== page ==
Wednesday, October 20, 2010

Financial Illiteracy, Procrastination and Inertia

"... it is difficult to make wise decisions about retirement savings and investment. The mistakes people make about their retirement savings have been attributed to financial illiteracy and to a number of psychological biases: misperceptions of risks; procrastination; inadequate self-discipline; inertia; and overconfidence, which leads most active investors to the illogical conclusion that each can outsmart the others." This quote is from The Squam Lake Report: Fixing the Financial System, a new book based on the work of 15 of the world’s leading financial economists. I’ve highlighted in bold the points I want to focus on in this blog post.

The purpose of this blog is to help reduce financial illiteracy. Of course there is much more that you should do to increase your financial literacy, like read some of the books on my list of recommended investment books, and perhaps visit some of the investment web sites and other blogs to which I’ve provided links in the right column of this blog (if you’re reading this in email, you must visit my blog website to access the links).

I’m afraid there’s not much I can do about procrastination and inertia, except to point them out as serious issues. Financial planning and investing seem to be about the least interesting topics to most people I know. Unfortunately, continuing to neglect these activities is likely to have serious long-term consequences to your financial well being, as suggested in the quote at the beginning of this blog post.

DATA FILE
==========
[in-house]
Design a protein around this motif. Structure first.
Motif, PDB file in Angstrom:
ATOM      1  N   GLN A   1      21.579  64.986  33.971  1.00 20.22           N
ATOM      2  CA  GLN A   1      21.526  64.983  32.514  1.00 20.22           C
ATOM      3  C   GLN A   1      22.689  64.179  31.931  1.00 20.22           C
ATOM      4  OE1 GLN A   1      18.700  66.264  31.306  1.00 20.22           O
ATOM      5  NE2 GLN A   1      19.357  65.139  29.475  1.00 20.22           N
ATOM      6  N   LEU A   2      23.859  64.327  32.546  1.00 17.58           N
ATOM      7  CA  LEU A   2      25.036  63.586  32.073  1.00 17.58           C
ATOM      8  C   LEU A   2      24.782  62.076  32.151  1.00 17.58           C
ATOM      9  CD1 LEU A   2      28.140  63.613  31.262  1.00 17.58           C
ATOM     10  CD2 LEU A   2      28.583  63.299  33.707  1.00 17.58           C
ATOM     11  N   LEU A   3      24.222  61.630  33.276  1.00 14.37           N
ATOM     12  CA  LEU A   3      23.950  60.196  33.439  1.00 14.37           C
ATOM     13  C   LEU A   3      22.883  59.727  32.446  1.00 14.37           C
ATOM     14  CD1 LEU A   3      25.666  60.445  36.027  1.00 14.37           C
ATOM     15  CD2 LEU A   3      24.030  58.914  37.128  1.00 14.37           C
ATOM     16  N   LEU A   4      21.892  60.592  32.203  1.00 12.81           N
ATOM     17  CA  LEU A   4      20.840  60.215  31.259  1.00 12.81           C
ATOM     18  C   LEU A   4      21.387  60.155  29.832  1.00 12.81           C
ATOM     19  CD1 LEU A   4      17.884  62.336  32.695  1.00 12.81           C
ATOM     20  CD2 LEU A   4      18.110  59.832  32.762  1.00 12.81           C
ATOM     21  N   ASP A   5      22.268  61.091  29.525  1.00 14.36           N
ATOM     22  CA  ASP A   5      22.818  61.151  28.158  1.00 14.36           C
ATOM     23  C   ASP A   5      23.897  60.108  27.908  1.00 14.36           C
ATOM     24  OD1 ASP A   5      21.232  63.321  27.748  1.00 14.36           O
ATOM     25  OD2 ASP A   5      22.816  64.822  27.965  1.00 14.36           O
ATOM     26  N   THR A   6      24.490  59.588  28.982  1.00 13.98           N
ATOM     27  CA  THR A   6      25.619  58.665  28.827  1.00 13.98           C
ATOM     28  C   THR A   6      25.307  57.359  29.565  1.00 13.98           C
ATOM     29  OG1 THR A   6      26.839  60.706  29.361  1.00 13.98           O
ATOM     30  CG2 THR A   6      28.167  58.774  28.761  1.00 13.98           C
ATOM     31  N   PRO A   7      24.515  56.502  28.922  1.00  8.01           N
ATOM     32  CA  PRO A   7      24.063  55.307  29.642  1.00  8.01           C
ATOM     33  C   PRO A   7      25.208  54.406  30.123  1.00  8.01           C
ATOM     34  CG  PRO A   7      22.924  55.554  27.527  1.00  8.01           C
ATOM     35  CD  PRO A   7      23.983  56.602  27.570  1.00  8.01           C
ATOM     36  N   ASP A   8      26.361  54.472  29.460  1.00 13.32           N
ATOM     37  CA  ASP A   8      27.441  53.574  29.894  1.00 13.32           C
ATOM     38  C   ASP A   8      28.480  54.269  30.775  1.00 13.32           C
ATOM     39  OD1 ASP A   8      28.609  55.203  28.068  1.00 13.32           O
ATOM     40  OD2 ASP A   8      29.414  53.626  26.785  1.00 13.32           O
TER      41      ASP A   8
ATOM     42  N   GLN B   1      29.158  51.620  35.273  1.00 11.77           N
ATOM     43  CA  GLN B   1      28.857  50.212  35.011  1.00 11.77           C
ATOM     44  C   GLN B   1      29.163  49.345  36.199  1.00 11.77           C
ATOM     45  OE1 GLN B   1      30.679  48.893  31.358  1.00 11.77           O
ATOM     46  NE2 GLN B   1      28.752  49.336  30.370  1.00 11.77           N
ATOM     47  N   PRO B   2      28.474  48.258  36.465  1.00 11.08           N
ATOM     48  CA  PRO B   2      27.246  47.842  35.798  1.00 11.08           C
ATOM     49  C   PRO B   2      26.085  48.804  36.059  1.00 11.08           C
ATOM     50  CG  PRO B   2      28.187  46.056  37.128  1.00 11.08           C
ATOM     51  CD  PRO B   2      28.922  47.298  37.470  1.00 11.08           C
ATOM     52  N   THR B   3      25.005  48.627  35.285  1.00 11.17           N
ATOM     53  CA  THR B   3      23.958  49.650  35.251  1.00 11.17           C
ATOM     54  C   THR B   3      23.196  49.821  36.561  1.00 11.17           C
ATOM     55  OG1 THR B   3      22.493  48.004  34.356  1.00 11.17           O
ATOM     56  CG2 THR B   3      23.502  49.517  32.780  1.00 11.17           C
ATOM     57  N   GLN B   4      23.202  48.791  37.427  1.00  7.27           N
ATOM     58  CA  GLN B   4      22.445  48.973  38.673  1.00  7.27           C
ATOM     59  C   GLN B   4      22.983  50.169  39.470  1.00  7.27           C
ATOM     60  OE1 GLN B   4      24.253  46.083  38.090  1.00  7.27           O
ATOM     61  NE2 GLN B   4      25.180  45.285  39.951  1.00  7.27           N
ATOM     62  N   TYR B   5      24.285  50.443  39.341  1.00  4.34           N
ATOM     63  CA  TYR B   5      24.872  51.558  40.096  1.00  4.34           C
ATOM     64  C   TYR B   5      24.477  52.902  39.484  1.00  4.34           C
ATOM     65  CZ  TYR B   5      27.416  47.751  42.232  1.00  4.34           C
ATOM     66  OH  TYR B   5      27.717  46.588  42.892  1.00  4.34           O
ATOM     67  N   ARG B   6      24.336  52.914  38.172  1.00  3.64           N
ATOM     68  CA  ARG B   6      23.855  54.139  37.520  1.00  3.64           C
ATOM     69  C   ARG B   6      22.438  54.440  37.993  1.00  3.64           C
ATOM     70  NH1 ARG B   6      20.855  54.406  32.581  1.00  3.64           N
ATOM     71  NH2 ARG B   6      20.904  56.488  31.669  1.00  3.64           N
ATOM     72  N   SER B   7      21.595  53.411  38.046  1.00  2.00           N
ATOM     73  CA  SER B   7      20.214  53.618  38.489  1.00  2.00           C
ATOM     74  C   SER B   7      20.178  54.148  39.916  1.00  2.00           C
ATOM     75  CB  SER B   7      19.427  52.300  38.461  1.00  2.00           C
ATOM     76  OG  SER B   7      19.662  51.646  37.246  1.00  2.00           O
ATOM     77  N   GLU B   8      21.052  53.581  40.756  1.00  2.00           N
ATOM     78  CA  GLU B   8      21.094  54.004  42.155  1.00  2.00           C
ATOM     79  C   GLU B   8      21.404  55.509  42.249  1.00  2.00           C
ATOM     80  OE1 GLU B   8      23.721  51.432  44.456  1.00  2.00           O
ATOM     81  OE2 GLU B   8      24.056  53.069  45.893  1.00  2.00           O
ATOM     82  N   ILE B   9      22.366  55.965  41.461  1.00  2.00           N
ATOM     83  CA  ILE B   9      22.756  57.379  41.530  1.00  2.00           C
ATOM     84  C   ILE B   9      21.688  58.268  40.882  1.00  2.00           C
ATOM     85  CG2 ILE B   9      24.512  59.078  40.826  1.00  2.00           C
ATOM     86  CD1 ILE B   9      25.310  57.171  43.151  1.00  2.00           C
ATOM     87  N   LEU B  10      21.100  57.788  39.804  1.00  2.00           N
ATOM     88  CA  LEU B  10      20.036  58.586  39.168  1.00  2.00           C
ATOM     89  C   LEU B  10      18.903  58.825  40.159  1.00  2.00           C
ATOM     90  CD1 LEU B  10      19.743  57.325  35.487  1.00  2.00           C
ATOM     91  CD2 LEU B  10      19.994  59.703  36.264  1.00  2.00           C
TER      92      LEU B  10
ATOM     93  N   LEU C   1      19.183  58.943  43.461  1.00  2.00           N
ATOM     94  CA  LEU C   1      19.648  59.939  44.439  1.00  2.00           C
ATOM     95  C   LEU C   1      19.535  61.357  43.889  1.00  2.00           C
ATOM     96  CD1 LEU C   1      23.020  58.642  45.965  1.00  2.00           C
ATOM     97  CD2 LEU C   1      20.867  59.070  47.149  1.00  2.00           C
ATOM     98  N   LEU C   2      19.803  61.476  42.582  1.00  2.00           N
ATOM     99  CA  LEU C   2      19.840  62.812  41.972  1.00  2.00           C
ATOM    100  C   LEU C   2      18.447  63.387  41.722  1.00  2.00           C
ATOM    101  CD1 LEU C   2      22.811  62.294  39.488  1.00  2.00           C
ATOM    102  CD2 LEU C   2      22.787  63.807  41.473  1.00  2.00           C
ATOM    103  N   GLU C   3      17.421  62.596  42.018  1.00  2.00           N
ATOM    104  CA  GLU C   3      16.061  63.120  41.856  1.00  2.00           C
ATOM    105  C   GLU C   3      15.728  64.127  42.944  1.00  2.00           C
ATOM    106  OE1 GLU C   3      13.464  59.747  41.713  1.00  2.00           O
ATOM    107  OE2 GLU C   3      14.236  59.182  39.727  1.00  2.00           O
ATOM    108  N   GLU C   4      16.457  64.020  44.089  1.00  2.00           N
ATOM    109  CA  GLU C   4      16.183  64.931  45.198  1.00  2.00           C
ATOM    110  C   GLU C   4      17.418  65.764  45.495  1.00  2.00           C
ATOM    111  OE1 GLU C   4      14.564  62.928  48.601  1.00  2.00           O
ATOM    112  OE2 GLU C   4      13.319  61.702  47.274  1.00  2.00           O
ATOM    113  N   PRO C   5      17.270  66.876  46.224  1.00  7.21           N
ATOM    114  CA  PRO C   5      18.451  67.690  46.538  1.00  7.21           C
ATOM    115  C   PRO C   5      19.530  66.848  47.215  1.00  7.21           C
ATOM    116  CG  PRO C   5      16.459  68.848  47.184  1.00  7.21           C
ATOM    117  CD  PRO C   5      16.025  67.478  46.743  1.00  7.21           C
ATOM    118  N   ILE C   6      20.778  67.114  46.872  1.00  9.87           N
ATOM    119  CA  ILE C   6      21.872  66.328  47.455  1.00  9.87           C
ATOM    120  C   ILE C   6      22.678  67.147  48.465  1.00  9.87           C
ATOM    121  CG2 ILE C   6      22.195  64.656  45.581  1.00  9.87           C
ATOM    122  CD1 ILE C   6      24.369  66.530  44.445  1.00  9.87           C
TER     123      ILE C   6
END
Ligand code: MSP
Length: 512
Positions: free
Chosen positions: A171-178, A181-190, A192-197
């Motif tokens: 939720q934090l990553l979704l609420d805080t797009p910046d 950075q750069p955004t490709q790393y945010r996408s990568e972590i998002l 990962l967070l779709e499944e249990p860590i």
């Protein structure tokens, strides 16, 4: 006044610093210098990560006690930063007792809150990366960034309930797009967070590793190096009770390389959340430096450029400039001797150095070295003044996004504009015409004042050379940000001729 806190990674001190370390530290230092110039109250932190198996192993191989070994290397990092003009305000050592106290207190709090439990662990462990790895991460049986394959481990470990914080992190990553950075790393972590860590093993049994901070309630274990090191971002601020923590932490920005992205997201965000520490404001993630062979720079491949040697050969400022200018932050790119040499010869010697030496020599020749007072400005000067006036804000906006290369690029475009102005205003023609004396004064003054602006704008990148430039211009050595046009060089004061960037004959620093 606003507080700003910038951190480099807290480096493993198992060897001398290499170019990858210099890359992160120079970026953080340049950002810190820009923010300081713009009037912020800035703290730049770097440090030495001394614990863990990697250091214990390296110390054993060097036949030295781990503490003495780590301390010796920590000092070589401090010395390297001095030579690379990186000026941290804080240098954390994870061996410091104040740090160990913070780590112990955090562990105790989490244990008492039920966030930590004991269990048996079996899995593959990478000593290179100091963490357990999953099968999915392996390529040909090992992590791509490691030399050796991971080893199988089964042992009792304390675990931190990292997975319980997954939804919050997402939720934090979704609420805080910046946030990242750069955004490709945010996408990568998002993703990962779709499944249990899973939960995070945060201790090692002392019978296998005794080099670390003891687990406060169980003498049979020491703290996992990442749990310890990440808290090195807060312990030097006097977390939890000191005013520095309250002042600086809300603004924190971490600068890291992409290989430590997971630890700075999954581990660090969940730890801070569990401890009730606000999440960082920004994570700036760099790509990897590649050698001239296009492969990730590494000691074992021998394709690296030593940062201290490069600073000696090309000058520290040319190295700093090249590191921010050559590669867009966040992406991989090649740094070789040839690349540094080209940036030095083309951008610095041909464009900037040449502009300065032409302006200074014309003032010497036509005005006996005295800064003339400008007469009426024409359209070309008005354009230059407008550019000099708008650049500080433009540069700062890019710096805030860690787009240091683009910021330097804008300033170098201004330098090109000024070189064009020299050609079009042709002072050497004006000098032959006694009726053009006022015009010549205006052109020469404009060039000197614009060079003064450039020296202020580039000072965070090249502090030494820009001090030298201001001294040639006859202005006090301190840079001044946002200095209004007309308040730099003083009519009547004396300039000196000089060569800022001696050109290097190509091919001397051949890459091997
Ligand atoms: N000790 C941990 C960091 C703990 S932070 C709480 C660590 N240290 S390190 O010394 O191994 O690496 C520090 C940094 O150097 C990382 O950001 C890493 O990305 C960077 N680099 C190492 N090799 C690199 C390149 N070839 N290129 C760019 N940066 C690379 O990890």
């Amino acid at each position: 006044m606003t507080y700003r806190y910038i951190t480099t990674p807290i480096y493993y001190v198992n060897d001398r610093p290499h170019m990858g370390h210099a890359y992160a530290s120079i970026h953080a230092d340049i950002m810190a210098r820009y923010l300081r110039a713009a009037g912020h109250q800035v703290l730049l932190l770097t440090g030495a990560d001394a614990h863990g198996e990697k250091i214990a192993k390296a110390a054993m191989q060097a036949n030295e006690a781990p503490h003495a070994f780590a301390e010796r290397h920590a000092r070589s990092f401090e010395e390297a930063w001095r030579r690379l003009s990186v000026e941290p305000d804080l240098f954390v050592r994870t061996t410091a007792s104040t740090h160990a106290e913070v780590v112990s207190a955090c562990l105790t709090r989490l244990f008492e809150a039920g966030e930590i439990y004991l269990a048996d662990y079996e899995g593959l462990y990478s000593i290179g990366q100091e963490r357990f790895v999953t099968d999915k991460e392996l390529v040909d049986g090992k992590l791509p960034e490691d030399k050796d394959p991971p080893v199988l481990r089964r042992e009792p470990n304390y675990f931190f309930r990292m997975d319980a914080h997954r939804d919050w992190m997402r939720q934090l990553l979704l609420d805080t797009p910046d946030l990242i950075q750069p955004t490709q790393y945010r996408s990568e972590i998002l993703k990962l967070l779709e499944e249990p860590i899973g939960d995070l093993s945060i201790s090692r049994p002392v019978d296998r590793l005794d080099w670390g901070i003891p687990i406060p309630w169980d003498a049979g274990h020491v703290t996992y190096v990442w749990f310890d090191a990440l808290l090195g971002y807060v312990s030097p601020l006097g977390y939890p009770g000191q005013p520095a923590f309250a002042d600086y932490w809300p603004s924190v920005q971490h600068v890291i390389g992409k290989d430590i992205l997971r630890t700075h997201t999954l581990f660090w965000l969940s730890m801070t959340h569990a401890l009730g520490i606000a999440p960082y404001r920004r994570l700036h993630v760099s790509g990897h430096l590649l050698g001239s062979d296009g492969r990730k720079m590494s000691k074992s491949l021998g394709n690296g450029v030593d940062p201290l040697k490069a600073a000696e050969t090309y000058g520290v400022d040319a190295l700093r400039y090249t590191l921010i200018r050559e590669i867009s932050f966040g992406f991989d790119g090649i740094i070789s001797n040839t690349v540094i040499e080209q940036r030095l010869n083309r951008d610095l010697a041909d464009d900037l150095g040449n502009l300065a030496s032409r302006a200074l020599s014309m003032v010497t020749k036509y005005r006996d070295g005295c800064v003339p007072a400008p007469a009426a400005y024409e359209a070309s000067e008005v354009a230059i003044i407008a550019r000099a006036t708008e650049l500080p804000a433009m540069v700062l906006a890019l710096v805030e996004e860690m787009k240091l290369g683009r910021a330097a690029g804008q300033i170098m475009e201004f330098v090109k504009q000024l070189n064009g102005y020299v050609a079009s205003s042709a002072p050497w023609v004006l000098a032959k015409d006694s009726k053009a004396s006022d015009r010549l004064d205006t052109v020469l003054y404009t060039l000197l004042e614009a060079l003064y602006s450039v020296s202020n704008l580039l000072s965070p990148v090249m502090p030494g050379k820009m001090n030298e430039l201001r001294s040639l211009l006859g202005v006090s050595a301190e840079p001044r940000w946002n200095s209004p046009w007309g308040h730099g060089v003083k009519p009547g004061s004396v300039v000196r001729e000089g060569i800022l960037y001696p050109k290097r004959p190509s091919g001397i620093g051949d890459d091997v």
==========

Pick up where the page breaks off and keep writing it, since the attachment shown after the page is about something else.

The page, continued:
Investing doesn’t have to be complicated, but it does take some effort to develop your investment plan and get started implementing it. After that, you shouldn’t have to spend much time on it. However, the more time you spend in the beginning, learning about investing and developing your investment plan, the more likely you are to stick with your plan.

If you don’t already have an investment plan that you are following, how about setting a goal right now to spend one hour a week developing your plan and starting to implement it? The key steps are:

  • Determine your risk tolerance
  • Decide on an appropriate asset allocation, based on your risk tolerance
  • Open the appropriate investment accounts, if you don’t already have them
  • Purchase the investments to implement your asset allocation
  • Save as much as possible and make ongoing additions to your investments
  • Periodically rebalance your investments to maintain your target asset allocation

Hopefully some of my blog posts will help with some of these steps, and reading a good investment book or two will help as well. If you have questions about any of the steps, I’m always glad to help.

Incidentally, you can now access my blog at, which hopefully is easier to remember than the old web address (which still works though). Feel free to pass it on.

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